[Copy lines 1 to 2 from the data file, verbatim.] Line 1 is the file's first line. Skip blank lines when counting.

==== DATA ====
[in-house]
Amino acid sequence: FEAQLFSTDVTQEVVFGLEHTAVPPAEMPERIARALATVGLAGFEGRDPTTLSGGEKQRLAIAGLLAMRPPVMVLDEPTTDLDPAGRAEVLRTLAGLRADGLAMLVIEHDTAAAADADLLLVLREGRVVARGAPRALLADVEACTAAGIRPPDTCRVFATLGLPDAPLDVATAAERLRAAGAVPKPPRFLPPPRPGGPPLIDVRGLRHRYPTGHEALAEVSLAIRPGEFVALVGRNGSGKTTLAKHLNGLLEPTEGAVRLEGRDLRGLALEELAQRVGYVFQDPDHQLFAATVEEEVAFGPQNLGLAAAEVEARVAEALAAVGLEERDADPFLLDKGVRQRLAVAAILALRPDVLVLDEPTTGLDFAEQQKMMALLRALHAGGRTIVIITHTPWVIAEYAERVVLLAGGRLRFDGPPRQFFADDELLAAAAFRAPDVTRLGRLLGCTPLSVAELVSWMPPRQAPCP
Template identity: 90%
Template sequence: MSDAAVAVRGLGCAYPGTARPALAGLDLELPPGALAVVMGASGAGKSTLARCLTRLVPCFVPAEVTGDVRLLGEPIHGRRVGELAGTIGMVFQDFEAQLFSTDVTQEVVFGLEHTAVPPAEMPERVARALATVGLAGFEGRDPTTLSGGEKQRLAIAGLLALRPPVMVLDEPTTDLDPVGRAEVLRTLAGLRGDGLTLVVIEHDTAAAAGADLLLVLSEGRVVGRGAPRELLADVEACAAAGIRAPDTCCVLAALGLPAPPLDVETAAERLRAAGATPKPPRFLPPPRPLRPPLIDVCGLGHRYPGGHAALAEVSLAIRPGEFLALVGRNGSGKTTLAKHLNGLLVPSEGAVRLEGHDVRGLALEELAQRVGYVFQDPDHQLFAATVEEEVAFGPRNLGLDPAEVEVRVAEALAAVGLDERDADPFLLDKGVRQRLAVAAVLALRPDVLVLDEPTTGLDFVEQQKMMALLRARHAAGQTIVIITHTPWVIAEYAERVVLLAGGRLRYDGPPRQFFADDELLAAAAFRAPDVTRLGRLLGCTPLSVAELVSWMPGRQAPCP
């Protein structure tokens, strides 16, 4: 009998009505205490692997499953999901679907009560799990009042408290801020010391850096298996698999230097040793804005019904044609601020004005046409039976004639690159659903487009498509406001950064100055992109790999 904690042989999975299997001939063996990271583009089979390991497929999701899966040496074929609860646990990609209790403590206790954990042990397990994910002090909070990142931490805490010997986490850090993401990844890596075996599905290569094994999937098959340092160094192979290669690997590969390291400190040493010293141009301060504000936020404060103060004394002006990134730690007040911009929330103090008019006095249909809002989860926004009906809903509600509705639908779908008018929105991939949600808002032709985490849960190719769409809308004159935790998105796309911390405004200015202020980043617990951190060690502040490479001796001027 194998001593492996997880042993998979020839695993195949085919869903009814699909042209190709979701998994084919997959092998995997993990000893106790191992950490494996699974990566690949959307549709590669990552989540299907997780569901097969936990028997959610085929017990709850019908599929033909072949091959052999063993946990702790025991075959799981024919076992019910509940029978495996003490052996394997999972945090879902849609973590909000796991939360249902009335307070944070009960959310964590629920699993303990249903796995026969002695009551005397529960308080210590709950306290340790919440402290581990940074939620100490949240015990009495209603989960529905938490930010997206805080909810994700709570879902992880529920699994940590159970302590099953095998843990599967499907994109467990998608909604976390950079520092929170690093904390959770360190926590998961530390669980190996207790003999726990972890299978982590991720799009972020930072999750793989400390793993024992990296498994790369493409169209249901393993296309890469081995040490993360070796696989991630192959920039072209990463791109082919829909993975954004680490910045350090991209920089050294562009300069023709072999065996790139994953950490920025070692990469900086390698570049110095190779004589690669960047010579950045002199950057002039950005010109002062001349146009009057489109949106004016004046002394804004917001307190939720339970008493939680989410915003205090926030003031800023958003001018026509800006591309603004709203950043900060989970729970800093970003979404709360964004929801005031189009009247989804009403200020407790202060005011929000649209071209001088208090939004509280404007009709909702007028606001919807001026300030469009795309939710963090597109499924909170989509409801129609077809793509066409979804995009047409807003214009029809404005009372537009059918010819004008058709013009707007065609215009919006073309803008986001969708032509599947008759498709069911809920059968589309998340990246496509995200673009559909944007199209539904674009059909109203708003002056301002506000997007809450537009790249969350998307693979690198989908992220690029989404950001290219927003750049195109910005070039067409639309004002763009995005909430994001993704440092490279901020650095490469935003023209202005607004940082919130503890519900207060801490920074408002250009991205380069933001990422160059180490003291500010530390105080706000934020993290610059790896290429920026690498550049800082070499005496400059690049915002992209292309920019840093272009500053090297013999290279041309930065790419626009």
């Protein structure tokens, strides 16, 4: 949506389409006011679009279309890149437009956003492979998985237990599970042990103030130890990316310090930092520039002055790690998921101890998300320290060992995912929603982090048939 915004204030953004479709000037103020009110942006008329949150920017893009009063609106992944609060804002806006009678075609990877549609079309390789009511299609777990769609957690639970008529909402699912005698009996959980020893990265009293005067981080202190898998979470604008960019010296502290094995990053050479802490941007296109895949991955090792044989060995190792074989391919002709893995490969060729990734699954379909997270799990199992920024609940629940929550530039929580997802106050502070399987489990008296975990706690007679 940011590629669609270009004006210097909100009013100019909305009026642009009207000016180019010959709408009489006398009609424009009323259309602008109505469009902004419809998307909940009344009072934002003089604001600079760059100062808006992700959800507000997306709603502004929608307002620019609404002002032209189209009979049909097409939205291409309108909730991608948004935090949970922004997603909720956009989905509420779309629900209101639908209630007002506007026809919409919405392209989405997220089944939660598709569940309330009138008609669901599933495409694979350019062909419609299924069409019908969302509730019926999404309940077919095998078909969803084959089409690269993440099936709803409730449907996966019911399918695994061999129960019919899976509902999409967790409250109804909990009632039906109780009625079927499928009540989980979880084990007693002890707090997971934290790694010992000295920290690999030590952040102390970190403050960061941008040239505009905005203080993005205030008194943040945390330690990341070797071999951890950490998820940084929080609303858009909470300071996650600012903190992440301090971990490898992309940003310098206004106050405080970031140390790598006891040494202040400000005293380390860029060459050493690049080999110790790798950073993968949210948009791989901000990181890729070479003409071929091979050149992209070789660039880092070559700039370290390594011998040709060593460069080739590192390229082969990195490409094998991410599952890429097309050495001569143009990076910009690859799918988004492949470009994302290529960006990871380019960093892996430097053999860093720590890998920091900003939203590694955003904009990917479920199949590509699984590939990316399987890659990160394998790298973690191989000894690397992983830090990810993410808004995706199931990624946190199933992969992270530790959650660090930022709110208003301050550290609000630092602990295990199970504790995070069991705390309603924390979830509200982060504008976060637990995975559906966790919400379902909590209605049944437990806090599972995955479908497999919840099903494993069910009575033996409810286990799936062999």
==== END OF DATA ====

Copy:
[in-house]
Amino acid sequence: FEAQLFSTDVTQEVVFGLEHTAVPPAEMPERIARALATVGLAGFEGRDPTTLSGGEKQRLAIAGLLAMRPPVMVLDEPTTDLDPAGRAEVLRTLAGLRADGLAMLVIEHDTAAAADADLLLVLREGRVVARGAPRALLADVEACTAAGIRPPDTCRVFATLGLPDAPLDVATAAERLRAAGAVPKPPRFLPPPRPGGPPLIDVRGLRHRYPTGHEALAEVSLAIRPGEFVALVGRNGSGKTTLAKHLNGLLEPTEGAVRLEGRDLRGLALEELAQRVGYVFQDPDHQLFAATVEEEVAFGPQNLGLAAAEVEARVAEALAAVGLEERDADPFLLDKGVRQRLAVAAILALRPDVLVLDEPTTGLDFAEQQKMMALLRALHAGGRTIVIITHTPWVIAEYAERVVLLAGGRLRFDGPPRQFFADDELLAAAAFRAPDVTRLGRLLGCTPLSVAELVSWMPPRQAPCP